By Carolina, Former ELG Parent
Since I have seen firsthand how much early intervention has helped my son, I believe that any parents who are even slightly unsure should contact an organization such as ELG in order to explore their options. However, there are many parents who don’t, and here I would like to share my view as to why that is.
While as an outsider it may be easy to notice that a child isn’t developing as they should, since parents see their children every day they may not be aware of problems. Sadly, other people are often reluctant to tell them, feeling it is not their place. Many parents are unaware of developmental milestones, and these can be a great tool for assessing where a child is at.
Some parents do know there’s a problem, but don’t accept it. I’ve met a lot of parents whose children have all kinds of issues and they are still in deep denial. They’ll tell me their child is fine, there’s nothing to worry about. No parent wants to acknowledge that there is a delay. However, nothing can happen until the problem is accepted; until the child gets the right intervention, the problems will remain.
3. Peer Pressure
Once you have accepted that there is an issue, people may try to stop you from seeking help. There’s a real feeling that if you do explore special education you are overreacting, and that you have to give children time to develop. There are accusations of being a “Google mom,” someone who believes everything she reads online. Often people have to stand up to friends and family, but it is worth it.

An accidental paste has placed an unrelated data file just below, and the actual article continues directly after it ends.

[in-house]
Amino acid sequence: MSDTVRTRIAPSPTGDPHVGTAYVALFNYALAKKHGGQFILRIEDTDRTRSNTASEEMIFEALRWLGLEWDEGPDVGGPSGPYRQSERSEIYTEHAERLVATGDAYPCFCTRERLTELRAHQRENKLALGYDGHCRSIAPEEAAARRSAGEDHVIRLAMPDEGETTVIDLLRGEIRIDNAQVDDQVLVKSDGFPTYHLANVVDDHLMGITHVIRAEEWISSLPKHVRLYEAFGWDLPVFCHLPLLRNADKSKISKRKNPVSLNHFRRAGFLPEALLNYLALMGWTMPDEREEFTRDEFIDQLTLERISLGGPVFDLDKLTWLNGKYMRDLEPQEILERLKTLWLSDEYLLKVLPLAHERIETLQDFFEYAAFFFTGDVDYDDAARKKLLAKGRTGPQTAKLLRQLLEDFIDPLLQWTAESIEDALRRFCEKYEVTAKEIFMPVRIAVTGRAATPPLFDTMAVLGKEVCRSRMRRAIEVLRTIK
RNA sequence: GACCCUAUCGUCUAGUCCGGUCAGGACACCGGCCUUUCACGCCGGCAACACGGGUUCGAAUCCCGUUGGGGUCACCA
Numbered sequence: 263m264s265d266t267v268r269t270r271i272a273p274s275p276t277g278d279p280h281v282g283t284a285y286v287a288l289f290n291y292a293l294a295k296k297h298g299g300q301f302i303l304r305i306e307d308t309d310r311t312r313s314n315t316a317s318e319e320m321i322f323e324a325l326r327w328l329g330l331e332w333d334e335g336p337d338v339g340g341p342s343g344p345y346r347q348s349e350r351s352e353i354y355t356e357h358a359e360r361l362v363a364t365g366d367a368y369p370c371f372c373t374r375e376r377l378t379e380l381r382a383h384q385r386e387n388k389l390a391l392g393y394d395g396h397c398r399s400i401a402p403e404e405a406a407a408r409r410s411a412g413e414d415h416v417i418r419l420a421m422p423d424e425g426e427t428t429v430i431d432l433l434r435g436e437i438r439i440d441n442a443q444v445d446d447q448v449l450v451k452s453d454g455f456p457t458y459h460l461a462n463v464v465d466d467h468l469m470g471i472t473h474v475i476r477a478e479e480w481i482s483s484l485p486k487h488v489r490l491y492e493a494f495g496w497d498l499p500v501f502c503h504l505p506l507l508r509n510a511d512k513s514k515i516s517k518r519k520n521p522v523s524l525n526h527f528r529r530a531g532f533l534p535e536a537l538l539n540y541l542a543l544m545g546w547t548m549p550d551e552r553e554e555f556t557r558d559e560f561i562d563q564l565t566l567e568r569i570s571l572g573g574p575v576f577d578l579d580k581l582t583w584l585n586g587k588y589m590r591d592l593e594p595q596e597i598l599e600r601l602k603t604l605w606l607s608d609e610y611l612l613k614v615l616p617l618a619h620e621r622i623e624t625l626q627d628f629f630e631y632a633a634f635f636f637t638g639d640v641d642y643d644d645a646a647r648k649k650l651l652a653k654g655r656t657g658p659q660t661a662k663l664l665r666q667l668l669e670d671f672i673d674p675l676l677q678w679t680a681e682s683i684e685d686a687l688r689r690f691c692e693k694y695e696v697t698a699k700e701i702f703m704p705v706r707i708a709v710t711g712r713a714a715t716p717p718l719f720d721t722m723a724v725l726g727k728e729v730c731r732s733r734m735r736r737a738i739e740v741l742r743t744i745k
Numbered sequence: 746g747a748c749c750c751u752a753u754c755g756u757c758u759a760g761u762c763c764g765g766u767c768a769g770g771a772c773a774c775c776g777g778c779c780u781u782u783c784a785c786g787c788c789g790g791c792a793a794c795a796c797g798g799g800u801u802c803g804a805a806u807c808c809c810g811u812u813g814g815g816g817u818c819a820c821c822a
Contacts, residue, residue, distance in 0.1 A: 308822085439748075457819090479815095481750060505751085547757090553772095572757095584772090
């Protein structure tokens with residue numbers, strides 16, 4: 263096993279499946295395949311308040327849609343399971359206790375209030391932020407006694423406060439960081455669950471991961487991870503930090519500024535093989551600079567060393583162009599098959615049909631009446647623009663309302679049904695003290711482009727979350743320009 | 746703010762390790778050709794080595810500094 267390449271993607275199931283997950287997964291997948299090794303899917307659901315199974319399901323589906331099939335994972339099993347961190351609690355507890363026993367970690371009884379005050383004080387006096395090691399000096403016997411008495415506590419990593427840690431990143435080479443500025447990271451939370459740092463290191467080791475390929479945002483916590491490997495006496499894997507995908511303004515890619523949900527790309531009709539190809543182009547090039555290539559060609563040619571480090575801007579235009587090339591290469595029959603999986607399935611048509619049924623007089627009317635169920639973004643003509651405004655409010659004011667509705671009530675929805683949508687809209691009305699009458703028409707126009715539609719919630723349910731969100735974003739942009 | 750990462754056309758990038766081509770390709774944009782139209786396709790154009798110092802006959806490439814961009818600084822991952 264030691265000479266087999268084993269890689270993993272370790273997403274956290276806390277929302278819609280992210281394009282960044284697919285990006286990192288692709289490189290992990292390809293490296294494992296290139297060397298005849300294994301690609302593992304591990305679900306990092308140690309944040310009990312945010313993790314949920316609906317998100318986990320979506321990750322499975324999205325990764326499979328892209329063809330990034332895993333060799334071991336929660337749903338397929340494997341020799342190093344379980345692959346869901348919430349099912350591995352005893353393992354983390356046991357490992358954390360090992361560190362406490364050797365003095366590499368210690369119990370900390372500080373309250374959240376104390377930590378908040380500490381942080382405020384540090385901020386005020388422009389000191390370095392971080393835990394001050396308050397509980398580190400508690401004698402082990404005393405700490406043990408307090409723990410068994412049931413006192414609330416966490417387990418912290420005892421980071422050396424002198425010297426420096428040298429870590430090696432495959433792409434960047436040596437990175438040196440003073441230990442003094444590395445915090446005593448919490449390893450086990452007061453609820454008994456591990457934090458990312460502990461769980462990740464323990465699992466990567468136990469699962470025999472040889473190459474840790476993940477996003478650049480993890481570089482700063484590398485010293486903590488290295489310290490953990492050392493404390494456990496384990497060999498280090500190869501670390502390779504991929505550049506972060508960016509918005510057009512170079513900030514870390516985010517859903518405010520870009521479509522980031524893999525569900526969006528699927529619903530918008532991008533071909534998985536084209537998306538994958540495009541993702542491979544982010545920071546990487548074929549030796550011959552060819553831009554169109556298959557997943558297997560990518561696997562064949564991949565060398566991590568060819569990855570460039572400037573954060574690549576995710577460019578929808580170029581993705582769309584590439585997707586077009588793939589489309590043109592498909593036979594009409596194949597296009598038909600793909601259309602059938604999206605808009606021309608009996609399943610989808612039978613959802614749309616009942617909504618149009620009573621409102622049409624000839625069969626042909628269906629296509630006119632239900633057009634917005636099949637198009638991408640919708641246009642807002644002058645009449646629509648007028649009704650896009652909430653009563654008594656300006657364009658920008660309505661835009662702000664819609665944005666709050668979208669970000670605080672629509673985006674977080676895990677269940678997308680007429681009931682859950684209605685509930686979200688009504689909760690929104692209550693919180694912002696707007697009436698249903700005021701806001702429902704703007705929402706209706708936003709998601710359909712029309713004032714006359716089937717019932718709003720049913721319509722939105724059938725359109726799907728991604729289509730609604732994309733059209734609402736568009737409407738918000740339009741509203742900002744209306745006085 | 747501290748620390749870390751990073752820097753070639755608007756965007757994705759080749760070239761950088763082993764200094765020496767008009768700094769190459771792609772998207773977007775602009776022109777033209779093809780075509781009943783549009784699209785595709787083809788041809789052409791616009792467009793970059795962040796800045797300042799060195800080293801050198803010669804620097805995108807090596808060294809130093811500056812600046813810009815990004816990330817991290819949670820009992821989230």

Even after a parent has decided early intervention is right for them, they can still feel that there is nothing they can do, as they don’t know anything about special education. This sense of ignorance can be paralyzing. However, there is a huge quantity of resources available, even in Shanghai, and just one phone call to an organization such as ELG can start the road to helping not just the child, but the whole family.
Carolina is a former ELG parent. Her son attended ELG’s Early Intervention Program for 18 months in order to address his language delay prior to enrolling in a mainstream kindergarten.